Table 7-3. - Comparison of U.S. Customary and Metric Rebar
|U.S. Standard Bar||Metric Bar||Metric Bar is:|
|Bar Size||Area Sq. Inches||Bar Size||Area Sq. Inches|
|#14||2.25||45m||2.33||3 .5% larger|
|#18||4.00||55m||3.88||3 .0% smaller|
*NOTE: % Difference is based upon area of rebar in square inches.
Reinforcing bars are hot-rolled from a variety of steels in several different strength grades. Most reinforcing bars are rolled from new steel billets, but some are rolled from used railroad-car axles or railroad rails that have been cut into rollable shapes. An assortment of strengths are available.
The American Society for Testing Materials (ASTM) has established a standard branding for deformed reinforcing bars. There are two general systems of bar branding. Both systems serve the basic purpose of identifying the marker size, type of steel, and grade of each bar. In both systems an identity mark denoting the type of steel used is branded on every bar by engraving the final roll used to produce the bars so as to leave raised symbols between the deformations. The manufacturer's identity mark that signifies the mill that rolled the bar is usually a single letter or, in some cases, a symbol. The bar size follows the manufacturer's mark and is followed by a symbol indicating new billet steel (-N-), rolled rail steel (-I-), or rolled axle steel (-A-). Figure 7-2 shows the two-grade marking system.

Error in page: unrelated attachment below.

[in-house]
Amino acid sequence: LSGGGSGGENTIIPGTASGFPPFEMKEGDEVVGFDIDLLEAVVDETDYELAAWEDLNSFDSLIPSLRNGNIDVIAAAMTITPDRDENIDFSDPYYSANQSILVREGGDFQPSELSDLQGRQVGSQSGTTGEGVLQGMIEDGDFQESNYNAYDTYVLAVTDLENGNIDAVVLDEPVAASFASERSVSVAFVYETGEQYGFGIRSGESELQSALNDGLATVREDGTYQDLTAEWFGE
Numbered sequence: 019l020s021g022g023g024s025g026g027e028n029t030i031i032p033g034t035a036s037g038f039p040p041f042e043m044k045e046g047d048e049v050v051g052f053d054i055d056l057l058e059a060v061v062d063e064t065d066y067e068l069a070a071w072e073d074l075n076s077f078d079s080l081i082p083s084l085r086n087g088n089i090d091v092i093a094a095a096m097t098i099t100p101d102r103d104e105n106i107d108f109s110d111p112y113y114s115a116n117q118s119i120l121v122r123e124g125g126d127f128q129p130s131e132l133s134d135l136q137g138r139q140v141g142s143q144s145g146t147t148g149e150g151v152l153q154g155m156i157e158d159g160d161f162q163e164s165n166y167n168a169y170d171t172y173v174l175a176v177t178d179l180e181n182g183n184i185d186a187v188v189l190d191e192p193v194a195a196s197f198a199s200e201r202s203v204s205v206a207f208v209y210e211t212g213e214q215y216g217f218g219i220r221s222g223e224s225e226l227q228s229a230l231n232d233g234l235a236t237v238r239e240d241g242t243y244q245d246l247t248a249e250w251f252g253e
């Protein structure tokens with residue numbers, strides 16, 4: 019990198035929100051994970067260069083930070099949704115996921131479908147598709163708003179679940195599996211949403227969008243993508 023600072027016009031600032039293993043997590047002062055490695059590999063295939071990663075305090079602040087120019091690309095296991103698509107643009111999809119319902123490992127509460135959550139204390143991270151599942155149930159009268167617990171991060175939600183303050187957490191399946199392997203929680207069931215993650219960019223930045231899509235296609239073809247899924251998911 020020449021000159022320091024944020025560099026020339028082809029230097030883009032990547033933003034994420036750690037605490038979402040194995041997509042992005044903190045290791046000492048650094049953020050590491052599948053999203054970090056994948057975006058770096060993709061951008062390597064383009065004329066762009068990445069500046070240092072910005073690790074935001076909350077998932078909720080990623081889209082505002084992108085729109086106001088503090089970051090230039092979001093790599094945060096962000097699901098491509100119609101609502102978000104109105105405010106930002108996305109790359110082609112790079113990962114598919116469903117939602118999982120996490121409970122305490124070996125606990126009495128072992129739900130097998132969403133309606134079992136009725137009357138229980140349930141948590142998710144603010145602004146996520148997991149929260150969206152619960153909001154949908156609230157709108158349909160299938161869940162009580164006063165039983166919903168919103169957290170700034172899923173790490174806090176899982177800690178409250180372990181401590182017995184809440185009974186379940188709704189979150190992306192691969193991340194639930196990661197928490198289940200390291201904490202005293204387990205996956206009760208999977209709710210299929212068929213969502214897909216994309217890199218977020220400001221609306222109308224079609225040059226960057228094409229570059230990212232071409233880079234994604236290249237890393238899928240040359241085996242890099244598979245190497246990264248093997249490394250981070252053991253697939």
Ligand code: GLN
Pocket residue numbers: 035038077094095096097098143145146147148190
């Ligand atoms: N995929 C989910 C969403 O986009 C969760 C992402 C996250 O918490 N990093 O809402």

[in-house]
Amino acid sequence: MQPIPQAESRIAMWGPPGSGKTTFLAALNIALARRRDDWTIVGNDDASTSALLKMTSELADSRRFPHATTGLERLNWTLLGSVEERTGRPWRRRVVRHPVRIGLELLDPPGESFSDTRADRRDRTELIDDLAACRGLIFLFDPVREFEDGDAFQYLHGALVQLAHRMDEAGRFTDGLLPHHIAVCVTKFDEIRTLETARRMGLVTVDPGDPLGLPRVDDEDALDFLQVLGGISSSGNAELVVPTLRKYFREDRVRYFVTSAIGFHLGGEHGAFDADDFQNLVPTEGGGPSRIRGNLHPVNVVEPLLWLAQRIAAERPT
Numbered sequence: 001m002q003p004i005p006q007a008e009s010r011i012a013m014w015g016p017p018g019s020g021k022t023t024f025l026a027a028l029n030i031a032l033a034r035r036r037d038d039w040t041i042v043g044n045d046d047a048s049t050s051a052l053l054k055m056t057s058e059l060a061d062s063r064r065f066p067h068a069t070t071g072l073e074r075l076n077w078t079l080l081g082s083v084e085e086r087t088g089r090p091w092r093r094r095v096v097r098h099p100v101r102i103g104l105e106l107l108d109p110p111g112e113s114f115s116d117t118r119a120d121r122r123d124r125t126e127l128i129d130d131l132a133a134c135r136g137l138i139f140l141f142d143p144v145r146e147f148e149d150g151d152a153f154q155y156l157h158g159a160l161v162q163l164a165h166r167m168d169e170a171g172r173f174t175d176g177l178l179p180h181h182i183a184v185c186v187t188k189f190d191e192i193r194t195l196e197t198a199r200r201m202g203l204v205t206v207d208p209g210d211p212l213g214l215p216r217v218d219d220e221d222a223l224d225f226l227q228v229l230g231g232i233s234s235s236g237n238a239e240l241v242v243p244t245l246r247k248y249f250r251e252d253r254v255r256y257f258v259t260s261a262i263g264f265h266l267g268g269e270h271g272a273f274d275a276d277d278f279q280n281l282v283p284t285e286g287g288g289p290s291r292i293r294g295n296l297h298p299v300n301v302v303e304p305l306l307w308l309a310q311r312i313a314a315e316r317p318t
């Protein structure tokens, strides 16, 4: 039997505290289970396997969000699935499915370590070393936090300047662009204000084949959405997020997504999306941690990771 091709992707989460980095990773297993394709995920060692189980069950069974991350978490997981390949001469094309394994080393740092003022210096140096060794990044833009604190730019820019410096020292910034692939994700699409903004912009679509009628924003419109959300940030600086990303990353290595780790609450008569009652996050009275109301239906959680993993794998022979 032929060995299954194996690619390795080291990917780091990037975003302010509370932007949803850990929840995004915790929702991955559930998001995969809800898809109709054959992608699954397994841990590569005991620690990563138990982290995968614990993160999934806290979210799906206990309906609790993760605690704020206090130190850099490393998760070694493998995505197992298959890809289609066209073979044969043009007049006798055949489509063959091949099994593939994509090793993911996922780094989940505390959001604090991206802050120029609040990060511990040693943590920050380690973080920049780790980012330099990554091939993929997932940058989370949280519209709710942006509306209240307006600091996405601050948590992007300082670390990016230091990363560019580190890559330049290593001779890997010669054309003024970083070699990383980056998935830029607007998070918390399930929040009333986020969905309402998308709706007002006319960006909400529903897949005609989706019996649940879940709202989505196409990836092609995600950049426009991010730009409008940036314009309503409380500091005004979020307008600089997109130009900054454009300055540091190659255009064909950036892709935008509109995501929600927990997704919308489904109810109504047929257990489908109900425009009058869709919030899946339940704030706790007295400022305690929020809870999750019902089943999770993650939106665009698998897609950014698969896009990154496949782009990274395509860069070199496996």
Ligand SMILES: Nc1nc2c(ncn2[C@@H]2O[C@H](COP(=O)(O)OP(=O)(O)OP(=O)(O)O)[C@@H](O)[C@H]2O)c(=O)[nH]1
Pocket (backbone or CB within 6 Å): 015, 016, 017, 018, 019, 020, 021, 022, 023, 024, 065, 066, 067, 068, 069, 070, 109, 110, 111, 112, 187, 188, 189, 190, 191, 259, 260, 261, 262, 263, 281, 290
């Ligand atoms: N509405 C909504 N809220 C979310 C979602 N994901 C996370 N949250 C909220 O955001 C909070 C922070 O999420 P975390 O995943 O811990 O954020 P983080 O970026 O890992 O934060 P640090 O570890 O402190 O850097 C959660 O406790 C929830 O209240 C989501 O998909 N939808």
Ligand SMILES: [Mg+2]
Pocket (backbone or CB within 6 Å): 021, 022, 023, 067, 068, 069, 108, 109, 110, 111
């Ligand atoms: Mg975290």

The lower strength reinforcing bars show only three marks: an initial representing the producing mill, bar size, and type of steel. The high strength reinforcing bars use either the continuous line system or the number system to show grade marks. In the line system, one continuous line is rolled into the 60,000 psi bars, and two continuous lines are rolled into the 75,000 psi bars. The lines must run at least five deformation spaces, as shown in figure 7-2. In the number system, a "60" is rolled into the bar following the steel type of mark to denote 60,000 psi bars, and a "75" is rolled into the 75,000 psi bars.
Expanded metal or wire mesh is also used for reinforcing concrete. Expanded metal is made by partly shearing a sheet of steel, as shown in view A figure 7-3. The sheet steel has been sheared in parallelContinue Reading